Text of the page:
NW: I hint at this above: but I think I’m mostly just thin skinned, and end up writing about where I am in the instant. If the book is a growth narrative, the discrete places make quantifiable (however spuriously) a qualitative progression. & the power of dislocation, of course: you arrive somewhere, and your consciousness is running through its habitual operations of thought & perception, except now the terms have been switched around, and rifts between intent and effect spread everywhere. Most of these gaps are annoying (why isn’t the train stopping at my stop?) but some are bound to be numinous.
Another primary thematic element of the collection seems to be this dual interrogation of the self and role of the self as something of an outsider: a figure of witness. Another Adroit poem, “La Dolce Vita,” ends with this sentiment of “I was invisible / behind the blind, wrapped in my thick blue robe.” How does this distancing function for the project of the book as a whole? What are the ethical components of a distanced speaker?
NW: I think I would collapse those categories. When I look back at “La Dolce Vita,” I see something more like an unsettled dream of witnessing, the poem arriving at a larger irony that makes the final claim of the speaker, that you quote, a little stoic, a little pathetic. I think any claim to dispassionate witnessing belies itself, and these sudden, total implications of the speaker into what he articulates are at the heart of the book. The only way to keep going, in life or in the poem, after such paralyzing encounters, is irony: hopefully the tender, half-redemptive kinds, but often not. It’s the oil of cosmic smallness.
I’m sure having Destroyer in the Glass win an award like the Yale Younger generates a certain amount of readership for the collection—and, therefore, a greater variety in the types of criticism & consideration it receives, at least in theory. Has there been an aspect of the collection that you felt was important to its inception and development but that people may not have picked up on as much?
NW: I’m much more interested by what others see in the book than by what I intended. (Furthermore: how can you know what you meant? It’s impossible to re-see the poems as first imagined, to strip away others’ readings.) I sketched my understanding of some of the poems above; but the work belongs to me less each day, and that’s the most exciting part.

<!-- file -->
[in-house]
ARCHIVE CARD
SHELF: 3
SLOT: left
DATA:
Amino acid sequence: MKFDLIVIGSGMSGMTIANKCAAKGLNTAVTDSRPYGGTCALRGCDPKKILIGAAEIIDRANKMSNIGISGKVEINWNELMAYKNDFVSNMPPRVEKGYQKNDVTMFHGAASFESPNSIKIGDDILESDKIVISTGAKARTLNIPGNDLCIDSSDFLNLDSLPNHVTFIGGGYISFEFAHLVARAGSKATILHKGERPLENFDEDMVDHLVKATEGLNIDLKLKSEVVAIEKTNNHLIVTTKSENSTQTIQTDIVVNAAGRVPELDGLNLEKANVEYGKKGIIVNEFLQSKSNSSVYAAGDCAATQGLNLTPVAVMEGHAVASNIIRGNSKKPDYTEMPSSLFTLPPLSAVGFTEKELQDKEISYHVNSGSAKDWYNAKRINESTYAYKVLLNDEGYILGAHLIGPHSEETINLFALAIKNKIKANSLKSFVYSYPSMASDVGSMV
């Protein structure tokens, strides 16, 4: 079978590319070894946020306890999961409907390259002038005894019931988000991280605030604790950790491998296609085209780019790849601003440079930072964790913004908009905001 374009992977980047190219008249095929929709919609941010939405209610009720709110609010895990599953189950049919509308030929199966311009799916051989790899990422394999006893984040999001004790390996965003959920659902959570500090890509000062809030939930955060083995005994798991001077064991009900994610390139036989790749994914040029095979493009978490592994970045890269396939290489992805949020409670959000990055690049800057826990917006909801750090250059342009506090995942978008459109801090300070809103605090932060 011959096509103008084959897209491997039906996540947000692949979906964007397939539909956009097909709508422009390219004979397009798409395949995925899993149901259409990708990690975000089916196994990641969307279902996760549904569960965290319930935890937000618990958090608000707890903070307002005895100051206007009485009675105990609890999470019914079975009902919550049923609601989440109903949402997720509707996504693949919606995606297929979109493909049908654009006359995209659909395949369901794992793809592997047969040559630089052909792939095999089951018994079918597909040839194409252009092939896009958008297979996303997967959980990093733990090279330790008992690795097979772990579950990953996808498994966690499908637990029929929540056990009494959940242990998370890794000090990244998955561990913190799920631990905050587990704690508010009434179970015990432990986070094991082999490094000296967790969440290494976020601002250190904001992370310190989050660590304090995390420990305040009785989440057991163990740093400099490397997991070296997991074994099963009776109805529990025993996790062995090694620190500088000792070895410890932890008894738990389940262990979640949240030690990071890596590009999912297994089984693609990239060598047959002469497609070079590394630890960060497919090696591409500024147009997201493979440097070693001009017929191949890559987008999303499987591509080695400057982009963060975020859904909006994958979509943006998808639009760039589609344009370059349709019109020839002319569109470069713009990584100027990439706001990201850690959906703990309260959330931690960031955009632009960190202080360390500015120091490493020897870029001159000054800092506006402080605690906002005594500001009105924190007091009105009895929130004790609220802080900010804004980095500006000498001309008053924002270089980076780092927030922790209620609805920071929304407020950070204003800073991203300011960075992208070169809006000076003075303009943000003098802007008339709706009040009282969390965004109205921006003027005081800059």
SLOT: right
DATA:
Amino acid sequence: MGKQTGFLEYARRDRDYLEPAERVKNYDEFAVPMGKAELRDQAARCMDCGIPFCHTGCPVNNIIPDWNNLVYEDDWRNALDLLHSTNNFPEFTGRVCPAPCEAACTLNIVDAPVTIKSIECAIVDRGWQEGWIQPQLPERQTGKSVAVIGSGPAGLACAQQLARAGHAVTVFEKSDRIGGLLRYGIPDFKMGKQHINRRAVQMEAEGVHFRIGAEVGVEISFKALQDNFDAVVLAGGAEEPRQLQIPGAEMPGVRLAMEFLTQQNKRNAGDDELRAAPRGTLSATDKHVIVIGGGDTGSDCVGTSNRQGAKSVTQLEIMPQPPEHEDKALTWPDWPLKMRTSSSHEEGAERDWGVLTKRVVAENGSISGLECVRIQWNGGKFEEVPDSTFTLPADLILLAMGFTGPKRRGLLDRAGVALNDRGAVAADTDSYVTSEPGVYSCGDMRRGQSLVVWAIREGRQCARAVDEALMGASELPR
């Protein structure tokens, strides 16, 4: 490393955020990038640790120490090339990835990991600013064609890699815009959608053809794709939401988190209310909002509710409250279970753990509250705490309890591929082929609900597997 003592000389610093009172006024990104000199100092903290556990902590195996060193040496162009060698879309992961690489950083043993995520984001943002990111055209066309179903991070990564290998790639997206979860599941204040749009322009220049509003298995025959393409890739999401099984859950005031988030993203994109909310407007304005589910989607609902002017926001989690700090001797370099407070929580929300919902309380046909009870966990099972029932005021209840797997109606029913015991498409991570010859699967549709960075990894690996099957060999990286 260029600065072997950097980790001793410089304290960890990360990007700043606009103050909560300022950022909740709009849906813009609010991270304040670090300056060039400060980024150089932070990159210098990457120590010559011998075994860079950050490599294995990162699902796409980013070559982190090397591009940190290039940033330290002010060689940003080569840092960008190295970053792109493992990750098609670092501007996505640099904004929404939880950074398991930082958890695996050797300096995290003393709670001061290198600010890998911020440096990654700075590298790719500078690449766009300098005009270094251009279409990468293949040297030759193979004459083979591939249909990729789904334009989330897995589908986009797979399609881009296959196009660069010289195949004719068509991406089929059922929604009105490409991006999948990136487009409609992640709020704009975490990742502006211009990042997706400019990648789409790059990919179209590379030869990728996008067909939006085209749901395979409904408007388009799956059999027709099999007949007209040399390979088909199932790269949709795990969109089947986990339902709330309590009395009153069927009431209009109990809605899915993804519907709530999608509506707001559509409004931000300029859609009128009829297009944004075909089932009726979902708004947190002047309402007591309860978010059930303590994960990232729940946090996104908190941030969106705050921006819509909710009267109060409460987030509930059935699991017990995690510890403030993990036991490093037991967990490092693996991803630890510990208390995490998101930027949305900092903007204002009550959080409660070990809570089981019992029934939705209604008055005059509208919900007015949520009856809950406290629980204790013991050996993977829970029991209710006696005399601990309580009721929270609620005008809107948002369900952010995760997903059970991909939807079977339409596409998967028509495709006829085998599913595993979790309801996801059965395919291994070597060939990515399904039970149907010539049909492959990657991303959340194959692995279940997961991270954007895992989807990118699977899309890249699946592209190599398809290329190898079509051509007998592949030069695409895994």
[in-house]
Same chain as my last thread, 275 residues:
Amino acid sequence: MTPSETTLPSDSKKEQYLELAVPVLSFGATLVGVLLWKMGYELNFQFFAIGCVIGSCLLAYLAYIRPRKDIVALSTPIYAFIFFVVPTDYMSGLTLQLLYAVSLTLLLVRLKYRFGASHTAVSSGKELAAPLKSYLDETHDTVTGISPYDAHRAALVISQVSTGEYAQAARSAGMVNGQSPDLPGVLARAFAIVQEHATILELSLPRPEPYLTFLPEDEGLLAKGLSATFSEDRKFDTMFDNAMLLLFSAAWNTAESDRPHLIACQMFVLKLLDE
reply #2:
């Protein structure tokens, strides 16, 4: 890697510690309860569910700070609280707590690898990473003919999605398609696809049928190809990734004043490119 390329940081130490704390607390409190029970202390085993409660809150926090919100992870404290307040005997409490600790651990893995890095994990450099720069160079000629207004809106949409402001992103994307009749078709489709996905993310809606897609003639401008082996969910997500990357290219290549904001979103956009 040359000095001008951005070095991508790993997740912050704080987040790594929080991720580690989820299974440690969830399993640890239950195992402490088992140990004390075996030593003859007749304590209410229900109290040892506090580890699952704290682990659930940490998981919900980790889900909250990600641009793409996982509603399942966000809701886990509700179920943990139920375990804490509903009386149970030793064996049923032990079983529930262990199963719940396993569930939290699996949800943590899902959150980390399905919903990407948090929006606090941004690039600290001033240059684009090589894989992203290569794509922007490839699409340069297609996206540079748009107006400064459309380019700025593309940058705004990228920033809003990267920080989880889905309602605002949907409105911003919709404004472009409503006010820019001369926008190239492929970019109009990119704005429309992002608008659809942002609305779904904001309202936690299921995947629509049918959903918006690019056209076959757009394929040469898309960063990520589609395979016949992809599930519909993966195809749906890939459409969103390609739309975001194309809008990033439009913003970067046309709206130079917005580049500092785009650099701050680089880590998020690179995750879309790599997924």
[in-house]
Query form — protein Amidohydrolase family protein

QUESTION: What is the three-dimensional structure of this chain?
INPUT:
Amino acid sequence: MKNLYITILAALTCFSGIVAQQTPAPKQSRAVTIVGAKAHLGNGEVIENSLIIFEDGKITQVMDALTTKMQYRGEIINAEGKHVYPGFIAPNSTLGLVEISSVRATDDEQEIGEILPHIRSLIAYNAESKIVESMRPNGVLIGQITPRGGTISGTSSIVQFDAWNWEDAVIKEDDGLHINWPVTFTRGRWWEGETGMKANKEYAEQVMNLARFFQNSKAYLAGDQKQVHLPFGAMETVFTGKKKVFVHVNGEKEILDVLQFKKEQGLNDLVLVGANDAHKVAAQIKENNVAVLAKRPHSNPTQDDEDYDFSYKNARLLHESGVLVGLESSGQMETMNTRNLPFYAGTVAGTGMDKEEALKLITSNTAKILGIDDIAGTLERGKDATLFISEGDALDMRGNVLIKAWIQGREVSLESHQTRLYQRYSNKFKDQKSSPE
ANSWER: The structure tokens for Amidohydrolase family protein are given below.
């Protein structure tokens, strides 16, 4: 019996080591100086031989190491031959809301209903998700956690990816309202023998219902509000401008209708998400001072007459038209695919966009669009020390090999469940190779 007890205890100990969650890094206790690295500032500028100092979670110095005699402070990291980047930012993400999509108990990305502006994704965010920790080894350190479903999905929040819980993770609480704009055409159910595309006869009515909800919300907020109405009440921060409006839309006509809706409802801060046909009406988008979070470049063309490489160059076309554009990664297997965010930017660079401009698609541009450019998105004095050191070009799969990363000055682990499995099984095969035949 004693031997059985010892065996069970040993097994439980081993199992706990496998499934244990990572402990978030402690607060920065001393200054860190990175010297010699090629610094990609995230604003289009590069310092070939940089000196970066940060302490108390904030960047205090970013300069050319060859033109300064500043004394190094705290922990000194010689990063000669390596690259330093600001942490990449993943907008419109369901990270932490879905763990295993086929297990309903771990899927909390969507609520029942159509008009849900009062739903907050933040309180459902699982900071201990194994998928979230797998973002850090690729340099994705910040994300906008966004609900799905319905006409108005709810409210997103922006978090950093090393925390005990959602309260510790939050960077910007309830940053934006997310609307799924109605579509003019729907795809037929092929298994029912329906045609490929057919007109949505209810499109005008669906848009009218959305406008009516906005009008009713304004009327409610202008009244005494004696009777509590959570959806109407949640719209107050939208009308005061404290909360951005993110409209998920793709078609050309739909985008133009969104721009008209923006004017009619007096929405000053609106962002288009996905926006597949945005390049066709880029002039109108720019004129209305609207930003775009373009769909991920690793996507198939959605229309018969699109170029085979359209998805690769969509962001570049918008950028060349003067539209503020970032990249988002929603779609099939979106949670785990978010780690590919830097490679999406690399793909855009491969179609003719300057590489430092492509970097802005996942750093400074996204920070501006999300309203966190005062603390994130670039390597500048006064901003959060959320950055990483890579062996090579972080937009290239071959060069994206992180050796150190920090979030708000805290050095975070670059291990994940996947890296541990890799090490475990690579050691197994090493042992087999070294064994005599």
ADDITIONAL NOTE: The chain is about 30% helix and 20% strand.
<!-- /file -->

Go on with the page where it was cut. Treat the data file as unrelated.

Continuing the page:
There’s been an outcropping of recent essays I’ve seen that seem to be addressing this question of politics in poetry: poetry as either a force for political change, or the preservation of the political status quo. What do you see as the role of the poet in the world now? Has it changed over time, and do you believe it will change in the near future?
NW: I think understanding poetic thought & being able to think poetically (whether you call it that or not) is absolutely necessary if you want to understand the movement & thought of the larger culture. Because poetic thought is not thought per se, but the debris of past thought, and as we deduce the travels of a mind through a poem by the language artifacts it leaves behind, in the process inhabiting it ourselves, so do we move through, inhabit a field of cultural products. When it comes to politics, I think poems, like tracers in a lightning storm, can sear a path that later, more visible energy will follow, translate, magnify. But of course there are as many roles as there are poets; and many other poets I love are actively conservative, in that their poems secure, however briefly, a space outside time for anachronistic thought, anachronistic feeling. I think we lose as much as we gain in each passing instant, individually and culturally, but it is perhaps possible for art objects to look a little back & a little forward, like Janus, and, by graceful conjunction, to simultaneously revive dead ideas and show the domesticity of radical thought.
And finally, feel free to drop us a question for our next contributor conversation!
NW: What material will you use to build your house?